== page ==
CAPTIVE NATIONS PAST AND PRESENT

Heritage Foundation’s Helle C. Dale in 2009 told the history of the Captive Nations Week. Ever since President Dwight Eisenhower proclaimed the third week of July “Captive Nations Week” in 1959, Americans have acknowledged the citizens of oppressed nations. Excerpts below:

Although the Berlin Wall fell nearly 20 years ago, and although the number of communist countries has dwindled to five–China, North Korea, Cuba, Vietnam, and Laos–many peoples around the world face the evils of oppression, communist and otherwise.

Captive nations are unfortunately not a thing of the past. Not only do communist countries such as China and North Korea pose potential roadblocks for U.S. foreign policy, but regimes ruling Iran, Burma, and Libya, among others, provide constant sources of grave concern. Citizens subject to tyranny do not control their own future. They are denied basic human rights and liberties. The United States is often forced to confront these nations on an international stage, and each presents a unique set of problems. It is a challenge that the United States, as the world’s freest and most powerful nation, must continue to meet.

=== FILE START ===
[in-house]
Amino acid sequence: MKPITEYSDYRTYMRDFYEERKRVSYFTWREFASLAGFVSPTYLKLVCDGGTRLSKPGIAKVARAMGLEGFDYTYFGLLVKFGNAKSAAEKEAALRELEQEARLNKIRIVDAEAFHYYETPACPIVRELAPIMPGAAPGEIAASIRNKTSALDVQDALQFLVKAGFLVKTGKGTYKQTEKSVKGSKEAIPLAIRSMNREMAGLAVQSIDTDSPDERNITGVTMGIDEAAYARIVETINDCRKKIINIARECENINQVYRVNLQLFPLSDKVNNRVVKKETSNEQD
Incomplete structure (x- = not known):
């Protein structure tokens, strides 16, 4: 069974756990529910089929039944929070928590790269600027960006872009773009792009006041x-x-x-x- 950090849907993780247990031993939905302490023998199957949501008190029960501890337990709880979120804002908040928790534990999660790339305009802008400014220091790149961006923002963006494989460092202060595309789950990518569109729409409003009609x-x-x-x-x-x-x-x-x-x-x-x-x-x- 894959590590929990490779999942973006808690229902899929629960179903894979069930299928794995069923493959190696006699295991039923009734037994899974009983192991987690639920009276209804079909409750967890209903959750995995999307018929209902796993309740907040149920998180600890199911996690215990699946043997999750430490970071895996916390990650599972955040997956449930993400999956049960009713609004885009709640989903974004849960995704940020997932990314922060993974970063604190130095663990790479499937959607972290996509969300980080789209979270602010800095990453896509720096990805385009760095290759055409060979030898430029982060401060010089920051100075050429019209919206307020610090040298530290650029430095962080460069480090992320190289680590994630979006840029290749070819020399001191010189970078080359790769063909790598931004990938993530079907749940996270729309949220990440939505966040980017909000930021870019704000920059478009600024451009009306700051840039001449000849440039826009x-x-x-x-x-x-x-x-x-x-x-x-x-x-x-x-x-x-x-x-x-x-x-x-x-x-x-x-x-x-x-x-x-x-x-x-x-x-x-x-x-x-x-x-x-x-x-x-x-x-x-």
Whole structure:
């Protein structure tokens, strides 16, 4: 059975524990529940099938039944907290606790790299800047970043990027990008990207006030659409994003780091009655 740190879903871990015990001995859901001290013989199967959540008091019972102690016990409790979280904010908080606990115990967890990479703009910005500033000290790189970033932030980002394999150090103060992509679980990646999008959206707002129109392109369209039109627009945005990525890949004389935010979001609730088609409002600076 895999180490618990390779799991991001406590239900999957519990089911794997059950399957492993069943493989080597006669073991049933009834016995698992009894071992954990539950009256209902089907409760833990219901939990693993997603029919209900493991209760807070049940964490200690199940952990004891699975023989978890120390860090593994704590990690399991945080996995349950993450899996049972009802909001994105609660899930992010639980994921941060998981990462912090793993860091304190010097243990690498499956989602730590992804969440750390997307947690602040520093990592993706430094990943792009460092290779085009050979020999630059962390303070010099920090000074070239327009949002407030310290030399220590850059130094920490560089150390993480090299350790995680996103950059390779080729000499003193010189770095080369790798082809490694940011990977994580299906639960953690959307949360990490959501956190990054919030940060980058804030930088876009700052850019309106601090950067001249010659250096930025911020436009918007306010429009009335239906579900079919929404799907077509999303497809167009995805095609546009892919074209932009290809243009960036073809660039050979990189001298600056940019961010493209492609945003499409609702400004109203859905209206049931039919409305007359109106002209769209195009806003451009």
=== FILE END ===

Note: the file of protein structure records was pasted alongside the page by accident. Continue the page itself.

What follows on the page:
Comment: One can ask who the next Captive Nations in Europe will be. Here is the list from the beginning:

Armenia 1920
Azerbaijan 1920
Belorussia 1920
Cossackia 1920
Georgia 1920
Idel-Ural 1920
North Caucasia 1920
Ukraine 1922
Far Eastern Republic 1922
Turkistan 1922
Mongolian People’s Republic 1924
Estonia 1940
Latvia 1940
Lithuania 1940
Albania 1946
Bulgaria 1946
Serbia 1946
Croatia 1946
Slovenia 1946 (and others)
Poland 1947
Then Czecho-Slovakia 1948
North Korea 1948
Hungary 1949
East Germany 1949
China 1949
Tibet 1951
North Vietnam 1954
Cuba 1960

Who is next when the Soviet Union after 1991 could be restored?

Finland?
Estonia?
Latvia?
Lithuania?
Poland?

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